How do we confront what we scarcely dare to think? How do we face our grief, fear, and rage without “going to pieces?”

It is good to realize that falling apart is not such a bad thing. Indeed, it is as essential to transformation as the cracking of outgrown shells. Anxieties and doubts can be healthy and creative, not only for the person, but for the society, because they permit new and original approaches to reality.

[...]

When we open our eyes to what is happening, even when it breaks our hearts, we discover our true size; for our heart, when it breaks open, can hold the whole universe.

[...]

[My italics for the eminent wisdom. I once met an Auschwitz survivor whose heart indeed could hold the whole universe.]

Comments

  • 1.
    edited March 2011

    I think this page is a great idea! Make it and put this material onto it!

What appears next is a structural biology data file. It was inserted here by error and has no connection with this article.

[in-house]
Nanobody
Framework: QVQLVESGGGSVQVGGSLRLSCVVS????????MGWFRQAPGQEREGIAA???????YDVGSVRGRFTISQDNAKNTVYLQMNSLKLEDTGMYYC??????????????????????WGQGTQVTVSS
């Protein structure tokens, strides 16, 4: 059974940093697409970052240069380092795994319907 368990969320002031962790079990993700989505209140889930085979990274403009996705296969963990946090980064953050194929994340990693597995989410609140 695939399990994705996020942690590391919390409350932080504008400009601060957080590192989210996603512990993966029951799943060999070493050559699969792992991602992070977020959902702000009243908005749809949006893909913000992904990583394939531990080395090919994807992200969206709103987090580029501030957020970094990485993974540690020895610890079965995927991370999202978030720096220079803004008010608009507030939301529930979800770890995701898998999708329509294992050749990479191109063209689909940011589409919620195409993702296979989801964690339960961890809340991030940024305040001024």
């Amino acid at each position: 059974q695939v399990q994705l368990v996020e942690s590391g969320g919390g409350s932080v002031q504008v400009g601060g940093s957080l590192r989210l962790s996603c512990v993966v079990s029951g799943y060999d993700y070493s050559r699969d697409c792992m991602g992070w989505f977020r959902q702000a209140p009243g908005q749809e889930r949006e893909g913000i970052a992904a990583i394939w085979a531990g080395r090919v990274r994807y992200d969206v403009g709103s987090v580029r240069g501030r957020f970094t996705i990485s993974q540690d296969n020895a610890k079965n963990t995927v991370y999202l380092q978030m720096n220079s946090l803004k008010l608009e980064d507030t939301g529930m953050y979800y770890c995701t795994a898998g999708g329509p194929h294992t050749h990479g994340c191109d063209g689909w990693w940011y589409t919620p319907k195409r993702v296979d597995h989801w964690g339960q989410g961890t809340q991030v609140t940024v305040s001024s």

Just one suggestion: I've never heard the adjective "ecologic" in English; I think it's always "ecological". And I think the standard term for the subject you're talking about is environmental ethics. There are, of course, good and evil approaches to environmental ethics.

    As you know, I get sad when you take a bunch of nice references and put them here, on the forum, where we'll read them once — rather than on the Wiki, where it's easy to keep going back to them and adding more information, and more people are likely to read it.

    Zen poet Thich Nhat Hanh was asked, “what do we most need to do to save our world?” His answer was this: “What we most need to do is to hear within us the sounds of the Earth crying.”